1. John. Born 1622. Moved to Boston and married there Elizabeth (Phillips) Everill, widow of Abiel Everill. They also had thirteen children. He was a mariner and became a naval commander of the Massachusetts Bay Colony.

2. Elizabeth. Born 1623. Married William Pabodie (Peabody), a civic and military leader of Duxbury, where all thirteen of their children were born. They moved to Little Compton, Rhode Island where Elizabeth died in 1717 at the age of about ninety-four.

3. Joseph. Moved to Bridgewater where he was a farmer on land purchased earlier from the Indians by his father and Myles Standish. He married Mary Simmons. They had a total of seven children. Joseph died sometime after 1696/7.

4. Sarah. Her marriage to Myles Standish's son, Alexander, undercuts any idea of a long-standing feud between the Aldens and the Standish clan.

5. Jonathan. Married Abigail Hallett December 10, 1672. Lived in Duxbury until his death February 14, 1697. Was the second owner of the Alden House which he received from his father.

6. Ruth. Married John Bass of Braintree, Massachusetts, where they lived and had seven children. Of the more illustrious descendants of this union came Presidents John Adams and John Quincy Adams.

7. Rebecca. Married Thomas Delano of Duxbury by 1667, a son of Philip Delanoye, one of the original settlers of Duxbury. They had nine children. Died in Duxbury sometime after June 13, 1688.

8. Mary. No record of birth or marriage. Died after June 13, 1688.

9. Priscilla. Same information as for Mary.

10. David. Married Mary Southworth, daughter of Constant Southworth of Plymouth Colony. Died sometime during 1718 or 1719. Six children.


Offspring of William Mullins and Elizabeth Wood (c1575-1604)
Name Birth Death Joined with
William Mullins (1593-) 1593 Dorking, Surrey, England 1674 Duxbury, Plymouth County, Massachusetts Unknown Mullins (c1595-)
Mary Ann Bell (c1595-)

Sarah Mullins (c1597-) 1597 Dorking, Surrey, England 9999 England Mr. Blunden (c1600-)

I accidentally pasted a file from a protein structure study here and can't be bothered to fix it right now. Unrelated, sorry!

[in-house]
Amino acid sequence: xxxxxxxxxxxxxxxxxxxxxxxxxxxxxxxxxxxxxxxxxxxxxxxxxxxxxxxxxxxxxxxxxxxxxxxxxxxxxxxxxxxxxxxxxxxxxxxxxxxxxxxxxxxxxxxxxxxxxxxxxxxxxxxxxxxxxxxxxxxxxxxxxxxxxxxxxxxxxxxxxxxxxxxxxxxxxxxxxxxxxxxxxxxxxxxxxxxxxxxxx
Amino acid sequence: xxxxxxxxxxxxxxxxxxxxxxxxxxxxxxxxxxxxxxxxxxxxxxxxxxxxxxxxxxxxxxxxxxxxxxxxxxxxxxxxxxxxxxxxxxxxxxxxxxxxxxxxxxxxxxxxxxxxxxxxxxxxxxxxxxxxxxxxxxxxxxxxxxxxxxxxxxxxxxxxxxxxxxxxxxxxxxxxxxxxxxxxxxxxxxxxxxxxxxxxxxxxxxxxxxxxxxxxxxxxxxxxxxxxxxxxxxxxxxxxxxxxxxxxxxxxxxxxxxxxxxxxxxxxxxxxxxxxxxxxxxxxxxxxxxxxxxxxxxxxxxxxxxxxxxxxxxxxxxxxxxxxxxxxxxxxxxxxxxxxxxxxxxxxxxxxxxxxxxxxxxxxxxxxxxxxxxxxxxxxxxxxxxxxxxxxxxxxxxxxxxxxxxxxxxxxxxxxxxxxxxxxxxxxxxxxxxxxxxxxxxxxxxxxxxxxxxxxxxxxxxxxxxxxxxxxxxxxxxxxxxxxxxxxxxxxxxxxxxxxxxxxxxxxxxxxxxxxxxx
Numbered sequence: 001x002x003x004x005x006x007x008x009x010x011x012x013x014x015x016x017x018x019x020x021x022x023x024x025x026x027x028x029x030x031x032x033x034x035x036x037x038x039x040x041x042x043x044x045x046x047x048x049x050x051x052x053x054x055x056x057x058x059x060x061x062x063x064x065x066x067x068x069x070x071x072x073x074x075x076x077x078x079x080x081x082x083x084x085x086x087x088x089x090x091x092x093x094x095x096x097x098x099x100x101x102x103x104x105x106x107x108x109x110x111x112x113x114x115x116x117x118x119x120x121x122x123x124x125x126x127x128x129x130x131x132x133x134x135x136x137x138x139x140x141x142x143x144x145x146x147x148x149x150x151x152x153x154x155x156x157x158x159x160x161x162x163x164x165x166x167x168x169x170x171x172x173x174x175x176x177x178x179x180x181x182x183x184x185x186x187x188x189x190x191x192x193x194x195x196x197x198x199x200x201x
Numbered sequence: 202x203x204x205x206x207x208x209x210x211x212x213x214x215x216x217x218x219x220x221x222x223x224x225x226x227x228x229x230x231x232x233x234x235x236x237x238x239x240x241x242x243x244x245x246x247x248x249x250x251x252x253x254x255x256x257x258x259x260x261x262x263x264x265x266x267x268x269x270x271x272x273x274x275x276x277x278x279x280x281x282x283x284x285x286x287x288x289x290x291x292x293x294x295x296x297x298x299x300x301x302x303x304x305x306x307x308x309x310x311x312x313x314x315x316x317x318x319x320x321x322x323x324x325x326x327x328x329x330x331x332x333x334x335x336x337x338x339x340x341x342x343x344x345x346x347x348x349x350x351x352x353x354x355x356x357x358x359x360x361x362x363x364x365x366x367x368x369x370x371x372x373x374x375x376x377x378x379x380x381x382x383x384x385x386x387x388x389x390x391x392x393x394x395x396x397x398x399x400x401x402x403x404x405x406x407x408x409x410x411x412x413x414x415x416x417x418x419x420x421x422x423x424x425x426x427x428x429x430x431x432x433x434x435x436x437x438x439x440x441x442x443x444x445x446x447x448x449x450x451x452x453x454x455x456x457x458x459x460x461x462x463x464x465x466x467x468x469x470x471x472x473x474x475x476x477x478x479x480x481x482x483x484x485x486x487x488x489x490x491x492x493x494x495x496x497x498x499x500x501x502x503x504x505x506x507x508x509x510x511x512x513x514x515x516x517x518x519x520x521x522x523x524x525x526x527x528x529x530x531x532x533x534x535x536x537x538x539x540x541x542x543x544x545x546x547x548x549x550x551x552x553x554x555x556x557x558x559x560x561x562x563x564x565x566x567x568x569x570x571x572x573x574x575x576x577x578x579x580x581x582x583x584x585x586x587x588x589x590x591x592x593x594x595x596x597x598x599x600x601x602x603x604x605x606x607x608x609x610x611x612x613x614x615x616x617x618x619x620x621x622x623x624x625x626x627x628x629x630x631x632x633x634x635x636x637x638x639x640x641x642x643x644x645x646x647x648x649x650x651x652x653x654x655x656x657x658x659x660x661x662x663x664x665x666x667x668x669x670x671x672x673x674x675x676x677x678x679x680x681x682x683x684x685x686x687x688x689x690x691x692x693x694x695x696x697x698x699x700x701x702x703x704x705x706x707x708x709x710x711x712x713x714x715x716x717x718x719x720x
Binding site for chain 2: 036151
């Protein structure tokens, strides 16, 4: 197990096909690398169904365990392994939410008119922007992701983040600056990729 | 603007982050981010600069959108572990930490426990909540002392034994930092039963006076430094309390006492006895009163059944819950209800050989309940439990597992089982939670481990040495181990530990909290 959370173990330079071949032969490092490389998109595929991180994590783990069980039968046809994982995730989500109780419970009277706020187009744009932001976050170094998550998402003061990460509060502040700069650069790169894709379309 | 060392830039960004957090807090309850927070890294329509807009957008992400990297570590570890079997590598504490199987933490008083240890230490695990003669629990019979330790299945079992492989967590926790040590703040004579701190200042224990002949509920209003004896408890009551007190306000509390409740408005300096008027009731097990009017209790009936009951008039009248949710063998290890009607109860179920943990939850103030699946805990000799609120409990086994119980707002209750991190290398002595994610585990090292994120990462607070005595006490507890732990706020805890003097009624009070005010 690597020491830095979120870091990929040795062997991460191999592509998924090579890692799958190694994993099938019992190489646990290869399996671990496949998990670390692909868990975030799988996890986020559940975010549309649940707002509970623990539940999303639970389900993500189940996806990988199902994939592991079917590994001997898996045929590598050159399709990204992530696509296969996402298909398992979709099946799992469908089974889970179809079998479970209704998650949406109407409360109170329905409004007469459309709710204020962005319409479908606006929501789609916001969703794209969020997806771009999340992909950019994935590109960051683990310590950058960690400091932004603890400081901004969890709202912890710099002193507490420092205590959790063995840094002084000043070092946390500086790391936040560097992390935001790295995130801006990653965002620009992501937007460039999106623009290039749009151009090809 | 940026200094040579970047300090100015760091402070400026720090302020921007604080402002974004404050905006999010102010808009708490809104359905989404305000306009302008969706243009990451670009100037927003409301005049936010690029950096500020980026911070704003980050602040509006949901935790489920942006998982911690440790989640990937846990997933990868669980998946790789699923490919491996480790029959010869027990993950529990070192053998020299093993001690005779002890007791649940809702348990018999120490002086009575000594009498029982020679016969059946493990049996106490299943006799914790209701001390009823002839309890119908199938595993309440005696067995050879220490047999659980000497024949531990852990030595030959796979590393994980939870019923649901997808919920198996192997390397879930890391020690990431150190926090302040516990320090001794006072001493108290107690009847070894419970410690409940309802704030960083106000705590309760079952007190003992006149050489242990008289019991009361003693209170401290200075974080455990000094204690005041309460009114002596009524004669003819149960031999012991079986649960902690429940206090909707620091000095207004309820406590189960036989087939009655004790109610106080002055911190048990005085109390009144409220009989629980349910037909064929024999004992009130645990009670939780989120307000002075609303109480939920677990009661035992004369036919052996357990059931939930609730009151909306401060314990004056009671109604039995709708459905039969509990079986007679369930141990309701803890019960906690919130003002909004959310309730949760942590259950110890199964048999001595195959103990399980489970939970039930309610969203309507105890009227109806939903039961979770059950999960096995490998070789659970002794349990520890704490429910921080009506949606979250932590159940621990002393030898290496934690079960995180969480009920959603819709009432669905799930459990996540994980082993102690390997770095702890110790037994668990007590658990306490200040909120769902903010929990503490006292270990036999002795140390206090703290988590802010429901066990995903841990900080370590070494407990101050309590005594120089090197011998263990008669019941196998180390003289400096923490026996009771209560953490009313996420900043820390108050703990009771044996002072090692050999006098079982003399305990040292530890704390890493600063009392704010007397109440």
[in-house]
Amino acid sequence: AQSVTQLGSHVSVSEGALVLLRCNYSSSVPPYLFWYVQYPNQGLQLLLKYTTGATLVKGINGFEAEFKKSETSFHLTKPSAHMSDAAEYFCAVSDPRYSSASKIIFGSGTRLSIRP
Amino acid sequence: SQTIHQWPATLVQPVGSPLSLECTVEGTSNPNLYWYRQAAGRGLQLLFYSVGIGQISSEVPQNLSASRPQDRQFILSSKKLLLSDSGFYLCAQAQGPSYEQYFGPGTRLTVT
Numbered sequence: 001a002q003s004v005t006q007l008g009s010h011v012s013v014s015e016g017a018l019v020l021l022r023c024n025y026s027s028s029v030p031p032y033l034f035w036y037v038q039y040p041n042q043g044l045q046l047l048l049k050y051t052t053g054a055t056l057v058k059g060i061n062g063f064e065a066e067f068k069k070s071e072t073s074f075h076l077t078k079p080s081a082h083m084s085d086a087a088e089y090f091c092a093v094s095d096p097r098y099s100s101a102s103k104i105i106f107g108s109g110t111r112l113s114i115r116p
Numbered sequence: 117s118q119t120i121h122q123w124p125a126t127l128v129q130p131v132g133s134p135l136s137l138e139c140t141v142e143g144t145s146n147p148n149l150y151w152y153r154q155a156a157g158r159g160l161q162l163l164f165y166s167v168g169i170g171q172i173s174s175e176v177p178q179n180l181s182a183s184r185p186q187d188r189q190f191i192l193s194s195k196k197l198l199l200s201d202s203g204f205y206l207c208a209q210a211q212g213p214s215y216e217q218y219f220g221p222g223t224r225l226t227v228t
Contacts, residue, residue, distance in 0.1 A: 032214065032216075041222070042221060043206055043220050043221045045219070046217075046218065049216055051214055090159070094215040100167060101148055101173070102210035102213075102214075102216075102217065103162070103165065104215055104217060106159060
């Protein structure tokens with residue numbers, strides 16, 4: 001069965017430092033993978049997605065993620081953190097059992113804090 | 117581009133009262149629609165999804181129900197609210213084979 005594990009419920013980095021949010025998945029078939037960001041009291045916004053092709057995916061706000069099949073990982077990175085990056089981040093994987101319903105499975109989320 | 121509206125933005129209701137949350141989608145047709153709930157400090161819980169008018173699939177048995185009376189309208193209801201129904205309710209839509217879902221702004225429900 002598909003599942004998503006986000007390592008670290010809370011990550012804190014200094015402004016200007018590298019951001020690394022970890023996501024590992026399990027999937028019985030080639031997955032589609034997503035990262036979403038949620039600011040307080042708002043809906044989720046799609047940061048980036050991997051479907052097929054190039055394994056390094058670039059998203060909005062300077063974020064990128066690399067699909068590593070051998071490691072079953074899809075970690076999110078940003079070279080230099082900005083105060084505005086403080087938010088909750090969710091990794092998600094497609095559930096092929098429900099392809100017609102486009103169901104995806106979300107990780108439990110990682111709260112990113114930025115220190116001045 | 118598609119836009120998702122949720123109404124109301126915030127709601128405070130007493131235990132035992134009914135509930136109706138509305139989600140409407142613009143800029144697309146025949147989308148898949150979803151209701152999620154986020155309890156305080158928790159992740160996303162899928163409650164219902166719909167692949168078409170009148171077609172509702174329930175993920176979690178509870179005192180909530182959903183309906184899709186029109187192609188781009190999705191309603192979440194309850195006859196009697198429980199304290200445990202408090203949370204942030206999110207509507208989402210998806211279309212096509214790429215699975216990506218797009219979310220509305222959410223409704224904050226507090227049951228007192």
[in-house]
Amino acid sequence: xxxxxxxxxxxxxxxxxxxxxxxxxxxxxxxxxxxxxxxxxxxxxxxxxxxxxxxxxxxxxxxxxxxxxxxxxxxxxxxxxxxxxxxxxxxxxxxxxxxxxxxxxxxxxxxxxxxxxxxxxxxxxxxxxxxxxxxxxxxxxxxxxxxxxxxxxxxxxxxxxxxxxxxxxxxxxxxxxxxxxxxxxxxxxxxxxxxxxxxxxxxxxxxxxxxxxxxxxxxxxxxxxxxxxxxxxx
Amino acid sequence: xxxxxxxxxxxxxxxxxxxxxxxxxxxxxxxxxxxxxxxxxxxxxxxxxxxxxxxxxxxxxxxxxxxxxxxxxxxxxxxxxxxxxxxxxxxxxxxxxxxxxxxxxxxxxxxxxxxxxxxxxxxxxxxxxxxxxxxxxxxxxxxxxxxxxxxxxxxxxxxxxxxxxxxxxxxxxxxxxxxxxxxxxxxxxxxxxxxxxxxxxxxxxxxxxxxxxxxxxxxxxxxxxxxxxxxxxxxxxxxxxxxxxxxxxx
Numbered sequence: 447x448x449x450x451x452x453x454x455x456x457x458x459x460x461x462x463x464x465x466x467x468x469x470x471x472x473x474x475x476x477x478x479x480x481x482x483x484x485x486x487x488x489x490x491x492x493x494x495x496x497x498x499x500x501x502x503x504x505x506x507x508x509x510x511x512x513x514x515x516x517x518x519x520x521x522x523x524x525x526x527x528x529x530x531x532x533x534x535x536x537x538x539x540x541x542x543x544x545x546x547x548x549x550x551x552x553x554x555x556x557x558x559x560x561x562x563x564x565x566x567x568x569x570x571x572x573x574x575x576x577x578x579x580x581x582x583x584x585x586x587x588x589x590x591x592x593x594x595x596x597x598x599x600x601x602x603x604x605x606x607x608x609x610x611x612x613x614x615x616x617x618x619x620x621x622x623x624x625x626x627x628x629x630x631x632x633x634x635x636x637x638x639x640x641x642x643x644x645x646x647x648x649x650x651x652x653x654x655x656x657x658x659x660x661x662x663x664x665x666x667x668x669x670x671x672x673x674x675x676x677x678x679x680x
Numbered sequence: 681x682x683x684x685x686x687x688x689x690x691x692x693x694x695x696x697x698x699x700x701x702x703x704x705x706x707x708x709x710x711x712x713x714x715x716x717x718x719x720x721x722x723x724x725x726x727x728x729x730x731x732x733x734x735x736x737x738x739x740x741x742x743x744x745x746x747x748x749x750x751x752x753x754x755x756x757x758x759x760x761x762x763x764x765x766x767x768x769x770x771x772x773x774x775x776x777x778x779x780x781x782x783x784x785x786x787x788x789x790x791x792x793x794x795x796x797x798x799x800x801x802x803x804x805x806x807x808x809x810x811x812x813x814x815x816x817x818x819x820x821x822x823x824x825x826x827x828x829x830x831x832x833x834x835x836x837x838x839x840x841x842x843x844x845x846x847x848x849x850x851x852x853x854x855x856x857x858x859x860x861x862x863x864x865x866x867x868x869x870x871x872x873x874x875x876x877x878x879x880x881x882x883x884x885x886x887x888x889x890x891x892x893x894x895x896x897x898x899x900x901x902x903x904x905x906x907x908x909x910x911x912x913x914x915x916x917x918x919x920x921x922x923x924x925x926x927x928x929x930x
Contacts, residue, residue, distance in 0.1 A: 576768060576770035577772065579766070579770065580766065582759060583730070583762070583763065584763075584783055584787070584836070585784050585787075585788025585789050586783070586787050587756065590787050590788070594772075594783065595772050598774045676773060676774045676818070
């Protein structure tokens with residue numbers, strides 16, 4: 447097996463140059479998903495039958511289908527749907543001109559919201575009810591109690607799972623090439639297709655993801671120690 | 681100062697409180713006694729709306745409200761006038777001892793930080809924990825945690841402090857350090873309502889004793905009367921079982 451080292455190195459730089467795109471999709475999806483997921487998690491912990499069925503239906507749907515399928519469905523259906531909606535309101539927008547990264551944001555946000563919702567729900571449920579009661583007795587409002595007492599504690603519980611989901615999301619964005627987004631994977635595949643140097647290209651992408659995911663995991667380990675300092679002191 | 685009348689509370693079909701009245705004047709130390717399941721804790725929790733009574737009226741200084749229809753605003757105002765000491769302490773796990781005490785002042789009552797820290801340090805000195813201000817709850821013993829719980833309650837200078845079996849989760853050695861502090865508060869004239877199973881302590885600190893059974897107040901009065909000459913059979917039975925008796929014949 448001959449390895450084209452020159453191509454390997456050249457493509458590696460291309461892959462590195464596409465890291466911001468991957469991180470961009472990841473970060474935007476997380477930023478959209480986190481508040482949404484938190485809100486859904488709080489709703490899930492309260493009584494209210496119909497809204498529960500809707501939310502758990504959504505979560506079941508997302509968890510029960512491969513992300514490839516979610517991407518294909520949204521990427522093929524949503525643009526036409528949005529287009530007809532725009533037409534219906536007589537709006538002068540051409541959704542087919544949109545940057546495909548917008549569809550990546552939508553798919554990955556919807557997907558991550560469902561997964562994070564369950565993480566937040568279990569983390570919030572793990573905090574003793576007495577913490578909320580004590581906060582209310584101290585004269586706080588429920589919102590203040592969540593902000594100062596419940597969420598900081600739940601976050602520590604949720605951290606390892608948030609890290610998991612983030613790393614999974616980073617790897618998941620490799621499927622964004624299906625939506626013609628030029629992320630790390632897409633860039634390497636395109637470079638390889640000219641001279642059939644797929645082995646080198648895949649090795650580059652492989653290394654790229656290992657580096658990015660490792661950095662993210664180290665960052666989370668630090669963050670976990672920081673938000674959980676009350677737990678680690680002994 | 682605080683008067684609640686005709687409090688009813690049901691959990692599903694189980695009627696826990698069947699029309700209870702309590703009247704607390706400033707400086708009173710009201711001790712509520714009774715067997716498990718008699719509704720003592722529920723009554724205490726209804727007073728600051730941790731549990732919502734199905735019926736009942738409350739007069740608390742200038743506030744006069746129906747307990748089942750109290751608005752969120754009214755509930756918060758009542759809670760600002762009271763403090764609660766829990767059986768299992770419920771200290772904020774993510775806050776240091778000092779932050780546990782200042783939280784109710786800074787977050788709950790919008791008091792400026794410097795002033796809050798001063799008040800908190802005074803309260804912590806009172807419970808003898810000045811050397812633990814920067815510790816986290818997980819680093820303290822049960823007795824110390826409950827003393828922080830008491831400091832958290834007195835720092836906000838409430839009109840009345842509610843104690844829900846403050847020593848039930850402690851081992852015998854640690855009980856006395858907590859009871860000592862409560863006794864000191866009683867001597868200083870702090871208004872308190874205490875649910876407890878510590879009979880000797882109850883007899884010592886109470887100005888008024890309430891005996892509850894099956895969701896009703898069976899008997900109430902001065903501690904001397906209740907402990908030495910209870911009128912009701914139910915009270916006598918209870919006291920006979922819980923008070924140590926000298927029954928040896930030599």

Elizabeth Mullins (1598-) 11 December 1598 Baptism at Holy Trinity Church, Guildford, Surrey, England 1620 Surrey, England
Priscilla Mullins (1602-1680) 1602 Dorking, Surrey, England, Kingdom of England 12 September 1687 Duxbury, Plymouth County, Massachusetts, Kingdom of England John Alden (c1599-1687)

Offspring of William Mullins and Alice Brown (1574-1621)
Name Birth Death Joined with
Joseph Mullins (1606-1621) 1606 Surrey, England 1621 Plymouth Colony, Plymouth, Plymouth County, Massachusetts

Vital Records

Bradfords Passenger List

From Gov Bradford's list of Mayflower passengers (written circa 1650):

John Alden was hired for a cooper, at South-Hampton, wher the ship victuled; and being a hopefull yong man, was much desifed, but left to his owne liking to go or stay when he came here; but he stayed, and maryed here.

Mr. William Molines, and his wife, and 2 children, Joseph and Priscila; and a servant, Robert Carter.

Mr. Molines, and his wife, his sone, and his servent, dyed the first winter. Only his dougter Priscila survived, and maried with John Alden, who are both living, and have 11 children. And their eldest daughter is maried, and hath five children.

Pilgrim Monument


National Monument to the Forefathers, commemorates the Mayflower Pilgrims, (including this person) who came to Plymouth Colony in 1620 on the Mayflower. Dedicated on August 1, 1889, it is thought to be the world's largest solid granite monument. Located on an 11 acre hilltop site on Allerton Street in Plymouth, Massachusetts.


  1. ^ The Mayflower Descendant, vol. 30:4.
  2. ^ Timothy Alden, Collection of American Epitaphs and Inscriptions, pp. 264-271.

Footnotes (including sources)